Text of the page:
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Chronicles from the writings of Henry David Thoreau - III

Chronicles from the writings of Henry David Thoreau

Chronicle – I:  Essential needs, work and money

Chronicle - II:  Being Truthful

Chronicle III – Natural Living

 

Even while farming, the seeds of beans and corn he was planting in two-and-a-half acres of land, though imaginable, brought him the virtues like sincerity, truth, simplicity, faith, innocence etc, to grow amid all other crops what the New Englanders were trying to cultivate? Weren’t these virtues been cultivated along with them and he express a shy of worries, “Our ambassadors should be instructed to send home such seeds as these, and Congress help to distribute them over all the land. We should never stand upon ceremony with sincerity. We should never cheat and insult and banish one another by our meanness, if there were present the kernel of worth and friendliness. We should not meet thus in haste. – p.69”

 

Travelling and enjoying the beauty of the nature never leaves one humiliated. It was the true birth right of every one who is born on this planet. While reading makes one knowledgeable, visiting woods and water bodies capture us in all our senses. It becomes thus complete, humane and fulfilling. Natural way of living in the midst of village atmosphere is much more pleasing and versatile as we could breathe along with it. Most of the facts what science books preach us could well be experienced. Thoreau is no exception.  In his own eloquent words, “He who is only a traveler learns things at second-hand and by the halves, and is poor authority. We are most interested when science reports what those men already know practically or instinctively, for that alone is a true humanity, or account of human experience. – p.86”

 

In the ages of wild hunting, that too, while dwelling in the woods, handling of a gun is inevitable. Thoreau’s boys were brought up with no education but with the pursuit of fishing and hunting they survived an inhumane living in the early years. When it no longer supported a better life strangling their hopes of becoming a noble men, these ‘professions’ fade away from their lives. He remarked about himself upon his poor, self-respectful fishing which created an inhumane instinct of its unclean diet and flesh but helpless many times as he had to live with the uncivilized forest environment.  Yet, he beautifully put his views on vegetarianism, “Like many of my contemporaries, I had rarely for many years used animal food, or tea, or coffee, etc.; not so much because of any ill effects which I had traced to them, as because they were not agreeable to my imagination.”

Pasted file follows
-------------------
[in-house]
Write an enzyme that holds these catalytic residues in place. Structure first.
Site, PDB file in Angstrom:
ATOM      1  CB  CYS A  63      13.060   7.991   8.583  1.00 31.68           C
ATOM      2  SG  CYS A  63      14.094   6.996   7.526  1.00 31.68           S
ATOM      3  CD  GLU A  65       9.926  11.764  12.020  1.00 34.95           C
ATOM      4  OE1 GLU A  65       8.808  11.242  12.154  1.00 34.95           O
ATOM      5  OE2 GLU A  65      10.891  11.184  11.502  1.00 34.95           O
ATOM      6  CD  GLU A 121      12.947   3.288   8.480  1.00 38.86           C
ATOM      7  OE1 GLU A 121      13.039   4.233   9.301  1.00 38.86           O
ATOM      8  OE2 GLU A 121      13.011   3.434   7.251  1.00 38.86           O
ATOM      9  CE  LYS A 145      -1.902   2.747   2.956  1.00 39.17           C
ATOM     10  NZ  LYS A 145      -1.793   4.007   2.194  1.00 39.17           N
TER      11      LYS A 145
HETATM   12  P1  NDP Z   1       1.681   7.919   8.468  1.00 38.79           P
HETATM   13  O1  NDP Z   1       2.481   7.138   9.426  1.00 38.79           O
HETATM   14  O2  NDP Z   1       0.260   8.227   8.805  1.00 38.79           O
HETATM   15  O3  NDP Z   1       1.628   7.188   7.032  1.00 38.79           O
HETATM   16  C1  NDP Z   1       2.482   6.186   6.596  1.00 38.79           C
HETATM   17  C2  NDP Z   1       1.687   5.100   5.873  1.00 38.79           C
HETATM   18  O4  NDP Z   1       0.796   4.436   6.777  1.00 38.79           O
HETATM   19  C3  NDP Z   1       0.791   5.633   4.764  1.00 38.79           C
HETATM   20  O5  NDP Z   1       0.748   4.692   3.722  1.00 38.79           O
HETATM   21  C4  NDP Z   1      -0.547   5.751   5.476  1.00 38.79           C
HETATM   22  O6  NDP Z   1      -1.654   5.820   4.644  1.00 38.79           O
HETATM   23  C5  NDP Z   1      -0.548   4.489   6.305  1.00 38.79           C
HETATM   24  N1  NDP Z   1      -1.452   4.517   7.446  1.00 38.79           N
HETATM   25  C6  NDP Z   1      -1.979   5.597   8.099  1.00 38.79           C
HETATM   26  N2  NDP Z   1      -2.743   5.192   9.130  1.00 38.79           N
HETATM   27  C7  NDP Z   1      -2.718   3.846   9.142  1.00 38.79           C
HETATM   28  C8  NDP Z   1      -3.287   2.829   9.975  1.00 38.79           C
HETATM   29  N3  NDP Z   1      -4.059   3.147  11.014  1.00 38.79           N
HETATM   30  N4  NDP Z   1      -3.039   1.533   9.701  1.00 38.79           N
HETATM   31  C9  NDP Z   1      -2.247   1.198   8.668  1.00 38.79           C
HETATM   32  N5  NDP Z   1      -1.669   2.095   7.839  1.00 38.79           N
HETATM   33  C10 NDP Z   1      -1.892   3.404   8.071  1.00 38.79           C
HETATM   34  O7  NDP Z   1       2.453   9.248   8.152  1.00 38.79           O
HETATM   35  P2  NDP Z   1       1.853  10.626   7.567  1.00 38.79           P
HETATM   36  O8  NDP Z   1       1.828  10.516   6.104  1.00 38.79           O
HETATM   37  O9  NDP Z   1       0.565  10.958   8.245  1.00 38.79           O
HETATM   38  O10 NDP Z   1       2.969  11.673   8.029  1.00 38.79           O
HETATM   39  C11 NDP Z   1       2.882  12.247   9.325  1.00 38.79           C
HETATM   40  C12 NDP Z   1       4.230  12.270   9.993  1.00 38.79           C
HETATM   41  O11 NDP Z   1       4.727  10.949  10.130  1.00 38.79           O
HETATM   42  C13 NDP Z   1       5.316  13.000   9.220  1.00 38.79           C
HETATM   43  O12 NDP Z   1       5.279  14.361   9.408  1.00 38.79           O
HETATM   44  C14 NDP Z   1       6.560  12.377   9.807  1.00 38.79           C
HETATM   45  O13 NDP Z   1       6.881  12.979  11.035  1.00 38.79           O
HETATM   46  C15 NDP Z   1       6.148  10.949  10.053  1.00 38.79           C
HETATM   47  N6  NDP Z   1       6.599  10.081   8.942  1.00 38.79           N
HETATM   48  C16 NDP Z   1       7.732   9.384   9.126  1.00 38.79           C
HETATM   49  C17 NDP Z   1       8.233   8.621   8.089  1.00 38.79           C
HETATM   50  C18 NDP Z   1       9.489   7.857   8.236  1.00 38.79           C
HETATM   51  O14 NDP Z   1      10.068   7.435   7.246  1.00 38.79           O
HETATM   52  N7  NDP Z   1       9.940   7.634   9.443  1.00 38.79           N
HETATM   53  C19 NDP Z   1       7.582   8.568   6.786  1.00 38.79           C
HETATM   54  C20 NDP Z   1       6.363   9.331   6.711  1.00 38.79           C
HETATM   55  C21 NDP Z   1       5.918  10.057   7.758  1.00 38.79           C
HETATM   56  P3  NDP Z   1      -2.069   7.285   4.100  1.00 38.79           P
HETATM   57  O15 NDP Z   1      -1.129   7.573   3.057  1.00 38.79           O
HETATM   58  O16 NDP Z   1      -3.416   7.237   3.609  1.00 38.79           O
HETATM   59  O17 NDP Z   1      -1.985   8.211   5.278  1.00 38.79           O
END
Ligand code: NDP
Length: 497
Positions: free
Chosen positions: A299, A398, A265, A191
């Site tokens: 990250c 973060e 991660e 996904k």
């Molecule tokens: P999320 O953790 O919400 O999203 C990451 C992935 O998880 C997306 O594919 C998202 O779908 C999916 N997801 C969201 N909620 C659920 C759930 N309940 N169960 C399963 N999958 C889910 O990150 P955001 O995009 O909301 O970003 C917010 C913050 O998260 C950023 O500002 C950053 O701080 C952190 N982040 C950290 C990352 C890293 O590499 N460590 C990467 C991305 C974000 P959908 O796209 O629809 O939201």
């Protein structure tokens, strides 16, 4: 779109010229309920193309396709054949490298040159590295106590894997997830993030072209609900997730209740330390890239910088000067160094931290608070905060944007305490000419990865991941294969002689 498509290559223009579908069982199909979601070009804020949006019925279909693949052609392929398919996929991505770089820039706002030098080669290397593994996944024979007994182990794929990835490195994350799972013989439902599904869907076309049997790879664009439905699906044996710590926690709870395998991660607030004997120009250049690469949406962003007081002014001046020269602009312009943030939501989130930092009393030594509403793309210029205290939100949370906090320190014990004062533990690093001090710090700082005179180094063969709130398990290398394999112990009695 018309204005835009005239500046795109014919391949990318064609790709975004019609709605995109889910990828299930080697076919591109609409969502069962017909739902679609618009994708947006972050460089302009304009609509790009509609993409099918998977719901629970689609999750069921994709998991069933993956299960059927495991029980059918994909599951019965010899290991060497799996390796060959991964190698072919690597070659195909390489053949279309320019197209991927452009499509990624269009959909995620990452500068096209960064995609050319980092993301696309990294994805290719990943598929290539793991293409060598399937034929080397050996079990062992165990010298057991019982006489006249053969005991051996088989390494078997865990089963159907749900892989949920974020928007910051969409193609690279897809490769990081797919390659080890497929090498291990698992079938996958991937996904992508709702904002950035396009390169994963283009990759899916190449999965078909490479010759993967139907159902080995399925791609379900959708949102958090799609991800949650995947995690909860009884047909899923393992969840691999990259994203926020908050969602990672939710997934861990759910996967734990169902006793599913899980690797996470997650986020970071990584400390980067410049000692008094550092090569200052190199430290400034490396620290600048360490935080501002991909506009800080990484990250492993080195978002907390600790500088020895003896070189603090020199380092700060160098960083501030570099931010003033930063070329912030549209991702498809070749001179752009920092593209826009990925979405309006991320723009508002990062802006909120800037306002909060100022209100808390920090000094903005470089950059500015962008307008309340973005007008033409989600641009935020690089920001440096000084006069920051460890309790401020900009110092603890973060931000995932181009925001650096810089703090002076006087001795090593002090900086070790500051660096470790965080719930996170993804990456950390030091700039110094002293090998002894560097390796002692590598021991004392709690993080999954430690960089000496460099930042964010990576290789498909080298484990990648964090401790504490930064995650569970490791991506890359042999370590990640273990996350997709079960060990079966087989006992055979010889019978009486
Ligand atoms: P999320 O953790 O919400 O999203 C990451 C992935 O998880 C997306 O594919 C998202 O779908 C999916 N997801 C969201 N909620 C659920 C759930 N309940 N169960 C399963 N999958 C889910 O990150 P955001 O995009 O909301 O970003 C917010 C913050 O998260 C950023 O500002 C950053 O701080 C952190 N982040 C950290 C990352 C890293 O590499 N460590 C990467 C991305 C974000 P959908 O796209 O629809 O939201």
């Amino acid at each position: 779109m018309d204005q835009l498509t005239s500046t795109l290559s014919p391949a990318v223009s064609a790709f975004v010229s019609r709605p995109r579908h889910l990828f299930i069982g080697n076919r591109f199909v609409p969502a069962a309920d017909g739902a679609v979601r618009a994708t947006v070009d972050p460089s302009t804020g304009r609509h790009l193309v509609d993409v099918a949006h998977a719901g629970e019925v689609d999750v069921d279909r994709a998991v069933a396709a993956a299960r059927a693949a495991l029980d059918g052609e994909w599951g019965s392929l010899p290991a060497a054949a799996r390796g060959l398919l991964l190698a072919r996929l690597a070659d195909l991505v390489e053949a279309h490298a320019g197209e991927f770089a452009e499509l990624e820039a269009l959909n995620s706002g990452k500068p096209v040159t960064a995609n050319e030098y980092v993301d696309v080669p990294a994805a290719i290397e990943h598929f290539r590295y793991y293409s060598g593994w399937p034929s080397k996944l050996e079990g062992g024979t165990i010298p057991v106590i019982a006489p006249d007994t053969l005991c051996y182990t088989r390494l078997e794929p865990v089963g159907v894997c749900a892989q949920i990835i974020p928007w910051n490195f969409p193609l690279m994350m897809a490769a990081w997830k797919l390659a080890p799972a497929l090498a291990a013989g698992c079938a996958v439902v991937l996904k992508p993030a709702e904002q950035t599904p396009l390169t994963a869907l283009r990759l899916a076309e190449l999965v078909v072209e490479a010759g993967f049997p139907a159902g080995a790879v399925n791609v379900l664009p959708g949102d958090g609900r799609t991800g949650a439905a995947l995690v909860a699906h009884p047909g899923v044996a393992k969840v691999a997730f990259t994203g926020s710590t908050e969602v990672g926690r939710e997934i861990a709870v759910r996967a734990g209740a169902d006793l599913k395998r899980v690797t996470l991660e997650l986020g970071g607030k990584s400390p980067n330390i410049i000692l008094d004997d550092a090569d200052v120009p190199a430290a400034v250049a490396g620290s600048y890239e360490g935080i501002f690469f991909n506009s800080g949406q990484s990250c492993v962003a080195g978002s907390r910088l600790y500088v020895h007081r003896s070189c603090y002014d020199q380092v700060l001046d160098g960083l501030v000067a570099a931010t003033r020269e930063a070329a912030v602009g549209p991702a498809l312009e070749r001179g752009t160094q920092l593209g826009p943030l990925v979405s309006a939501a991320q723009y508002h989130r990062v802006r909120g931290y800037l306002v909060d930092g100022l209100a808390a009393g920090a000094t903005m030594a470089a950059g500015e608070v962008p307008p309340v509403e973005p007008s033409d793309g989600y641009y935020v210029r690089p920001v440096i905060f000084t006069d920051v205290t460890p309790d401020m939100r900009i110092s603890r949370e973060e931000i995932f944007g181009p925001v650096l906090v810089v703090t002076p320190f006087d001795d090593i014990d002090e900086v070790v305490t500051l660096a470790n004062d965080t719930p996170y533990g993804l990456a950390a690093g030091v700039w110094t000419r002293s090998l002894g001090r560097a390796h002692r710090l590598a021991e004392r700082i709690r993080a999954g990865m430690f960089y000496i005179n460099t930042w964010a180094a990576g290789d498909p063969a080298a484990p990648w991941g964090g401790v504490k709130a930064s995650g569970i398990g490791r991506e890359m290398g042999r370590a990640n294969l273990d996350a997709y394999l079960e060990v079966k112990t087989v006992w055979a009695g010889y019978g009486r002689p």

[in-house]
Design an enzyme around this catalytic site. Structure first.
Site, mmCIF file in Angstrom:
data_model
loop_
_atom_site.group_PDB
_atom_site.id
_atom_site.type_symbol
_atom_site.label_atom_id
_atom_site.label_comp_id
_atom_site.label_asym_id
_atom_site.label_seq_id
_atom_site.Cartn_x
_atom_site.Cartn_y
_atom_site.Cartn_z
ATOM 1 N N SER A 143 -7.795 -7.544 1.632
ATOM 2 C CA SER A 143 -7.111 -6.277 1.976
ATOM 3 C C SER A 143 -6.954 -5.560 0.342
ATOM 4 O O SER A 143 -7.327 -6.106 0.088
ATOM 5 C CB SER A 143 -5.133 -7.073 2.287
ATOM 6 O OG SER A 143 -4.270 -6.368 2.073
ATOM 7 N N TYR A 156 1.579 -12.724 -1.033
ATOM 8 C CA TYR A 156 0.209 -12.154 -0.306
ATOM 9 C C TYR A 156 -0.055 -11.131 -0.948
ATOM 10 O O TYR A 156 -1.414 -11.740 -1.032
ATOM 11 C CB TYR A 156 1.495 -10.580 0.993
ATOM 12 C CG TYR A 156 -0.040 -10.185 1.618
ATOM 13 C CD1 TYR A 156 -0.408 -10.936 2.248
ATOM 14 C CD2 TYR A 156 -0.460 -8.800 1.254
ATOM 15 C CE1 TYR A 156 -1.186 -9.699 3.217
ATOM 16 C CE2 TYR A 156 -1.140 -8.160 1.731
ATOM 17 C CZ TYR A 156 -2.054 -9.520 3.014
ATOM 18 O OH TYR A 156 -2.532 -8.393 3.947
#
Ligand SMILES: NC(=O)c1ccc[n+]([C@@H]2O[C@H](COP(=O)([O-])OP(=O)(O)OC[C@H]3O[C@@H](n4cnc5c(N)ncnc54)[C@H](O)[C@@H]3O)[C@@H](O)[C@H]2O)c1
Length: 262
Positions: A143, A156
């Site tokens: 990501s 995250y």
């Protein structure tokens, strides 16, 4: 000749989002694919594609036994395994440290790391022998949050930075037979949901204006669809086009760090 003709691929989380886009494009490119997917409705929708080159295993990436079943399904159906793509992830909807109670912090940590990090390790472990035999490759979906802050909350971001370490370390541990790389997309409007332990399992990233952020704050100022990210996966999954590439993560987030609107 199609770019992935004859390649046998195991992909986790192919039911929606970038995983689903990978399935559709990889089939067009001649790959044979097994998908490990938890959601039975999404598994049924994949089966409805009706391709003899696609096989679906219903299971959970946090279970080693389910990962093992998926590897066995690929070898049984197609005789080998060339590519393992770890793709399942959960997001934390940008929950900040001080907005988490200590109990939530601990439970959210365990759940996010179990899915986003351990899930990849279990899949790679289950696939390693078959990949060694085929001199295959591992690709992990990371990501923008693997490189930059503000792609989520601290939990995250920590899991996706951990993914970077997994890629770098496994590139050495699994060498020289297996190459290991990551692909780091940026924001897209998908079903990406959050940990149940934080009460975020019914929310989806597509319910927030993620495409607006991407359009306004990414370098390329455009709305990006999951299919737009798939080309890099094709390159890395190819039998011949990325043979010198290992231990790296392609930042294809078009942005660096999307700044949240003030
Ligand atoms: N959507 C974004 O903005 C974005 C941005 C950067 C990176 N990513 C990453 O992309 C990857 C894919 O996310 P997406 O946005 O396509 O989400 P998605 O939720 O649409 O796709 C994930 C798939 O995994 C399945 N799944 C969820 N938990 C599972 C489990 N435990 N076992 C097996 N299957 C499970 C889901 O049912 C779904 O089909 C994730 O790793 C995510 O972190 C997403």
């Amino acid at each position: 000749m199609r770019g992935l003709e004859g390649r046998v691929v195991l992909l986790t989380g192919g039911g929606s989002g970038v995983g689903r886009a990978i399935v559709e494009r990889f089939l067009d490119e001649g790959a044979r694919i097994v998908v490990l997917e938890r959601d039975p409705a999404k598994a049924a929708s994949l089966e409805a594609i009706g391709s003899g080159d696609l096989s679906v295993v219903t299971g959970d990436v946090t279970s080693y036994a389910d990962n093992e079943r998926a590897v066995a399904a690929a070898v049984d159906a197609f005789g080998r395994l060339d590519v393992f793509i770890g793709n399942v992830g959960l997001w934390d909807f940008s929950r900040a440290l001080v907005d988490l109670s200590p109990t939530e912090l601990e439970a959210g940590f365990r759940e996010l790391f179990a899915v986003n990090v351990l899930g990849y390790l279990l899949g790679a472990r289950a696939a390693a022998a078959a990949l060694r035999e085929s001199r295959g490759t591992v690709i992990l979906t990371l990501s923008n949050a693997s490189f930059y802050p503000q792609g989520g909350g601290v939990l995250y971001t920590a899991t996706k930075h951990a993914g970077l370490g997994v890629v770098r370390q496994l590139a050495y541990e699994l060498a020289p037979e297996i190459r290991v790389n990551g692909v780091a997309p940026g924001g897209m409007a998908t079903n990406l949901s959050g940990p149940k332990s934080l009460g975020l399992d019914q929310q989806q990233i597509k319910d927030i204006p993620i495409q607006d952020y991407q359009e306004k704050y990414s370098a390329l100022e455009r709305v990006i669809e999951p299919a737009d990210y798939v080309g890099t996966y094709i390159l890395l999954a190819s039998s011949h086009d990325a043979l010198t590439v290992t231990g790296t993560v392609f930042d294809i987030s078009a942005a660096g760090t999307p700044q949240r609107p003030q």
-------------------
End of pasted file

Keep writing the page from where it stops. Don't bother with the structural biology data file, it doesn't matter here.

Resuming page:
His hopes on seeing a potential difference in mankind’s food habits from preying on other animals to fully relying on vegan food as the savage tribes of olden ages stopped eating one another upon fighting over the period is far distant a dream. As long as man listens to his own conscience it lives. Our expectations never are chased in full. Even the hunter doesn’t get satisfied with his prey. Striving hard to follow an ideal and preach what we believe takes a long course. The charm is in its continuance. “Our whole life is startlingly moral. There is never an instant's truce between virtue and vice. Goodness is the only investment that never fails. In the music of the harp which trembles round the world it is the insisting on this which thrills us – p.89”

 

We try to keep our minds pure and chaste. Brahmacharya is one such virtue that generates huge energy impending enough to carry on the road of eternity. Vedas told us to do good acts and command over our senses to get our mind to approximation to God. It was that Bakthi Margh (the path of devotion) that takes us to salvation. “Chastity is the flowering of man; and what are called Genius, Heroism, Holiness, and the like, are but various fruits which succeed it. Man flows at once to God when the channel of purity is open. By turns our purity inspires and our impurity casts us down. He is blessed who is assured that the animal is dying out in him day by day, and the divine being established.”

To be continued tomorrow.

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